The three big challenges ahead of us seem to be: the ability to make high-quality, peer-reviewed content open access yet sustainable for all stakeholders: switching publication models to adhere to regional and international funder constraints: and embracing emerging tools and technologies like AI holistically so that they become positively transformative instead of negatively disruptive!

I do not envision any immediate shifts in the peer review career paths. However, I am personally a constant learner and I strongly urge all readers to continue to learn about new tools and explore their utilities. It is critical for us to stay agile and pivot as needed; to upskill ourselves to responsibly leverage transformative technologies to our advantage; to think innovatively to leverage these transformative tools to create new opportunities; and to learn new tricks of the trade that come with these tools in times of disruption, so that with our knowledge, experience, skills, and intellect we continue to stay relevant and visible.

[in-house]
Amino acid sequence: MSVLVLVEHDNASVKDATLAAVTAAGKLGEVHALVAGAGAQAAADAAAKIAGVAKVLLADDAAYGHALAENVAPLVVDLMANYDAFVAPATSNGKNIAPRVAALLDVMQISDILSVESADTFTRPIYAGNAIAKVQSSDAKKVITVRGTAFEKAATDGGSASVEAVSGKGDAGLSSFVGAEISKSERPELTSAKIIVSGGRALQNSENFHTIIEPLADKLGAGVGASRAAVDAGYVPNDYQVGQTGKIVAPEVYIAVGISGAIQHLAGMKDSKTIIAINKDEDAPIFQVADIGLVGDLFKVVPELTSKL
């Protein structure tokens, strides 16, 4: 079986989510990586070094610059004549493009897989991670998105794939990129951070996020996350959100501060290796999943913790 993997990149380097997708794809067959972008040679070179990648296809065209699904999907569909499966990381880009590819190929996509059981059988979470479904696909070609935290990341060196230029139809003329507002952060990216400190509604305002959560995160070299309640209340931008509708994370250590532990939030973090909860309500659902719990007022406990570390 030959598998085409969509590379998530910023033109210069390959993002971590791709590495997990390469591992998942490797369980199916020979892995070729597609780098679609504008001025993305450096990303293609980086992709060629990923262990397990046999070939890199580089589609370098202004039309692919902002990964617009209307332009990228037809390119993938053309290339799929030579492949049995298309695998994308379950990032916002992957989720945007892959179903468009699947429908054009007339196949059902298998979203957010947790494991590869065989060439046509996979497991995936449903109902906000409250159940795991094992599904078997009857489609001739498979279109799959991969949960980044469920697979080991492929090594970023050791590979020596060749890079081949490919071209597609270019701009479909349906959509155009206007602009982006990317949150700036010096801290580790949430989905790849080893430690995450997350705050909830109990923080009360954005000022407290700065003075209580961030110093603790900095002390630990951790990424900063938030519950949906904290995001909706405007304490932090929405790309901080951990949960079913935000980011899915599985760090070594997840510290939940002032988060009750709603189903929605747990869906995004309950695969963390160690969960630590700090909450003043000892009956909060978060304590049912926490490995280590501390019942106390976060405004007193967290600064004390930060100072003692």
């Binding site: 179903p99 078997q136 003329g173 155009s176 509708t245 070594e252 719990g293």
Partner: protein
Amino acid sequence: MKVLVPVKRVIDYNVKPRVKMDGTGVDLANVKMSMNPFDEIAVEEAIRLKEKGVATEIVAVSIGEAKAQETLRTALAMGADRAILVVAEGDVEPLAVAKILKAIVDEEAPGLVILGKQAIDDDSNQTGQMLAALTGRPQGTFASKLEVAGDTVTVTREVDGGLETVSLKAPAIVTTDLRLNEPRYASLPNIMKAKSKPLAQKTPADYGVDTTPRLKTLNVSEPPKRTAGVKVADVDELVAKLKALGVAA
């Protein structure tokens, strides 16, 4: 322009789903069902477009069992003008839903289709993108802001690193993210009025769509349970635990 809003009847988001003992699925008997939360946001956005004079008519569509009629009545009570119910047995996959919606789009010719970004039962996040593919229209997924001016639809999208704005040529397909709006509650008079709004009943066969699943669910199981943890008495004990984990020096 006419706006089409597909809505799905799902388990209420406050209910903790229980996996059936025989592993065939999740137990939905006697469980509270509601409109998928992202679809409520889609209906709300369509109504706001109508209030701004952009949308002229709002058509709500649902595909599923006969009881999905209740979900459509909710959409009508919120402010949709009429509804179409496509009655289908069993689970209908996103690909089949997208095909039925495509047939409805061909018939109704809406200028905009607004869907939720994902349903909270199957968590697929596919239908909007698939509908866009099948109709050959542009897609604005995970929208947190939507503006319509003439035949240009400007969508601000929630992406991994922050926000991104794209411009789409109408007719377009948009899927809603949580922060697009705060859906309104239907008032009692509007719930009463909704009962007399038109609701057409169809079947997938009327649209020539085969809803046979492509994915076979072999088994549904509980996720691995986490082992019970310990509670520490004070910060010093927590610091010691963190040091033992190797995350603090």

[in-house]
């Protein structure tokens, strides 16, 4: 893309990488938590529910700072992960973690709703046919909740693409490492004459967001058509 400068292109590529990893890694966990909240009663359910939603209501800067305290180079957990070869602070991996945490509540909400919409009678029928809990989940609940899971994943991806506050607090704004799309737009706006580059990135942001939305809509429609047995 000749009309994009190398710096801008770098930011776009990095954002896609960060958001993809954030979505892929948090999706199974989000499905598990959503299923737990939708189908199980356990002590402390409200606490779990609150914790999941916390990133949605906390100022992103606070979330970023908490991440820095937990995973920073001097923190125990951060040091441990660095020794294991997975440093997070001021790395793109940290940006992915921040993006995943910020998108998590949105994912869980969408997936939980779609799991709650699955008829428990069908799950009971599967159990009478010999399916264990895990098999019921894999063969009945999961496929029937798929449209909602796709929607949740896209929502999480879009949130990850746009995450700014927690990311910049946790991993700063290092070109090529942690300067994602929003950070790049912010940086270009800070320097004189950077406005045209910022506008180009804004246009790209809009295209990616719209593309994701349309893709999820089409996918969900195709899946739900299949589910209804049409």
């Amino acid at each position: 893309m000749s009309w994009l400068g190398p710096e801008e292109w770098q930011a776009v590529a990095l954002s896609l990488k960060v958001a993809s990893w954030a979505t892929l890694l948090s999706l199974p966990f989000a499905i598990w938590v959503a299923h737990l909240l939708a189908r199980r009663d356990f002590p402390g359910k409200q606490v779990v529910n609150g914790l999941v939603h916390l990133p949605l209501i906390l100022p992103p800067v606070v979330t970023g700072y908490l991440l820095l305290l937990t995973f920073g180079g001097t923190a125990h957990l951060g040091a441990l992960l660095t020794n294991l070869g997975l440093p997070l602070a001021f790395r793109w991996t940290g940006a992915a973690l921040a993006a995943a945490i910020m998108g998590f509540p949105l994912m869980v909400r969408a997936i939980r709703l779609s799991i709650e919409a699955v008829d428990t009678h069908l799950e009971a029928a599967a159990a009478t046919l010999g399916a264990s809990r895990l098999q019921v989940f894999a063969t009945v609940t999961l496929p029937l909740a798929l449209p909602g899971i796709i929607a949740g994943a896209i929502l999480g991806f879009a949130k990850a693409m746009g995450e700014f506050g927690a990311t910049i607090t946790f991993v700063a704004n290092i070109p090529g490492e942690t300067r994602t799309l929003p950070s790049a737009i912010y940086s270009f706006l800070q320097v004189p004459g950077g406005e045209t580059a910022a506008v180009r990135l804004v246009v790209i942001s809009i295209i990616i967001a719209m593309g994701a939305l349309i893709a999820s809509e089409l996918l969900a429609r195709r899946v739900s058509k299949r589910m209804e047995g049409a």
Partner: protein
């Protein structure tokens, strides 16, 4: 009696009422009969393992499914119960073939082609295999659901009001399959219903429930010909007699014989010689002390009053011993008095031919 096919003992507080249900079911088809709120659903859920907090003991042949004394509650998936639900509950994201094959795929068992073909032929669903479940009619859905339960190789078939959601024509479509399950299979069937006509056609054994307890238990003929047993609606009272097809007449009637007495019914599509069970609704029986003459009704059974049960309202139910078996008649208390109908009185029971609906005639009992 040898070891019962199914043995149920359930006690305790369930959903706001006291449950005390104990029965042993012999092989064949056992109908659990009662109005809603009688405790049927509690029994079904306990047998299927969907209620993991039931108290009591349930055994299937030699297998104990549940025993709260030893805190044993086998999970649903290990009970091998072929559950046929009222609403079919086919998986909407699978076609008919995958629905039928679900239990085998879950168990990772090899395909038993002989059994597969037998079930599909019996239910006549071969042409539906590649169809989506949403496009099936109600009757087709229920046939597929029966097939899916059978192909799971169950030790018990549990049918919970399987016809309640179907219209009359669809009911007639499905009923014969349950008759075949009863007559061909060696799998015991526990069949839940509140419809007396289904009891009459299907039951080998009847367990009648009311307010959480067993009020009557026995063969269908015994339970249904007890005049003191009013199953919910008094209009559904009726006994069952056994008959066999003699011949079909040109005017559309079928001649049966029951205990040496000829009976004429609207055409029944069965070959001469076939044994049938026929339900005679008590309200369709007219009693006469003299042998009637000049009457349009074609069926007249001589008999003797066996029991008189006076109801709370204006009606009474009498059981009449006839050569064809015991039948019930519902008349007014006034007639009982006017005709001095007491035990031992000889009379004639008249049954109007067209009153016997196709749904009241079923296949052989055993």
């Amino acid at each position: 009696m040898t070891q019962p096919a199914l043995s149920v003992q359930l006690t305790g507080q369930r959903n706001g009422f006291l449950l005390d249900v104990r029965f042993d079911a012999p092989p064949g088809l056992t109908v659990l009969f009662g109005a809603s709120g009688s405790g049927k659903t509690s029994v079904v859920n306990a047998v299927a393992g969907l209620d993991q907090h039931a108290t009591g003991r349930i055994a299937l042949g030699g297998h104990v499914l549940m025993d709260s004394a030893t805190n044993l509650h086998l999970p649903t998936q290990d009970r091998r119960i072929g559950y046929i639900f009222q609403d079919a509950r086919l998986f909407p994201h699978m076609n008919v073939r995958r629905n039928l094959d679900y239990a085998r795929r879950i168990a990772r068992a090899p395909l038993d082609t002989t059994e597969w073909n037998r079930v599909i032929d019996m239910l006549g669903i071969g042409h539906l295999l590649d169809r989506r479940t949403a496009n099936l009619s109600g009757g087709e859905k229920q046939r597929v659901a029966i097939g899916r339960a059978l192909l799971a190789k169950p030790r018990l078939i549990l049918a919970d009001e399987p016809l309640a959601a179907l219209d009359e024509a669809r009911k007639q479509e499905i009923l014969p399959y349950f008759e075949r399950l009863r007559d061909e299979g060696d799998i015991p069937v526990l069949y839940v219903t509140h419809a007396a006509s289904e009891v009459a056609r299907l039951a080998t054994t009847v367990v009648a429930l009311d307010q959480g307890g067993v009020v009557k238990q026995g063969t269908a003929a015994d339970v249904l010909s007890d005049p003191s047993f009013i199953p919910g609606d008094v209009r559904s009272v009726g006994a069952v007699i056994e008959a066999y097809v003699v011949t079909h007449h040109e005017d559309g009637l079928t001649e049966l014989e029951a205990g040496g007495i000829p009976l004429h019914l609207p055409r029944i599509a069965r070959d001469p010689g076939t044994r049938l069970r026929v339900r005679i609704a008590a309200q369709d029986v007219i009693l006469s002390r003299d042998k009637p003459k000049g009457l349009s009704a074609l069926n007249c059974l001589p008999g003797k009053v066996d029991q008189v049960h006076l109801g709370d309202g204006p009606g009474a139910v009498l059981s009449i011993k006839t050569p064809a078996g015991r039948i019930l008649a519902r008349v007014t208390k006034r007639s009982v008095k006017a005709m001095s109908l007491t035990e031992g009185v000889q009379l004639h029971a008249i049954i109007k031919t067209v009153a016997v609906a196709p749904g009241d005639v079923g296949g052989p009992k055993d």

Thank you, Chhavi and Charig! We appreciate our experts for lending their thoughts on the future of peer review.  We want to welcome our audience to join the conversation.  What are your thoughts on the future of careers and skills that will be needed in peer review and publishing?  

Chhavi Chauhan

Chhavi Chauhan, Ph.D. (She/Her) is Director of Scientific Outreach at the American Society for Investigative Pathology (ASIP) and Director of the Continuing Medical Education (CME) Program at the Journal of Molecular Diagnostics. She is a past Co-Chair of the Diversity, Equity, Inclusion, & Accessibility (DEIA) Committee of the Society for Scholarly Publishing (SSP) and a current staff member of the Committee for Equal Representation and Opportunities (CERO) at ASIP.


8 Thoughts on "Guest Post — Striking a Balance: Humans and Machines in the Future of Peer Review and Publishing"

Very useful exchange of thoughts on an ever evolving field with good recommendations.

I am so glad that you found the exchange of ideas and our perspectives and recommendations valuable. Thank you for reading the post and sharing your positive feedback, Dr. Rale!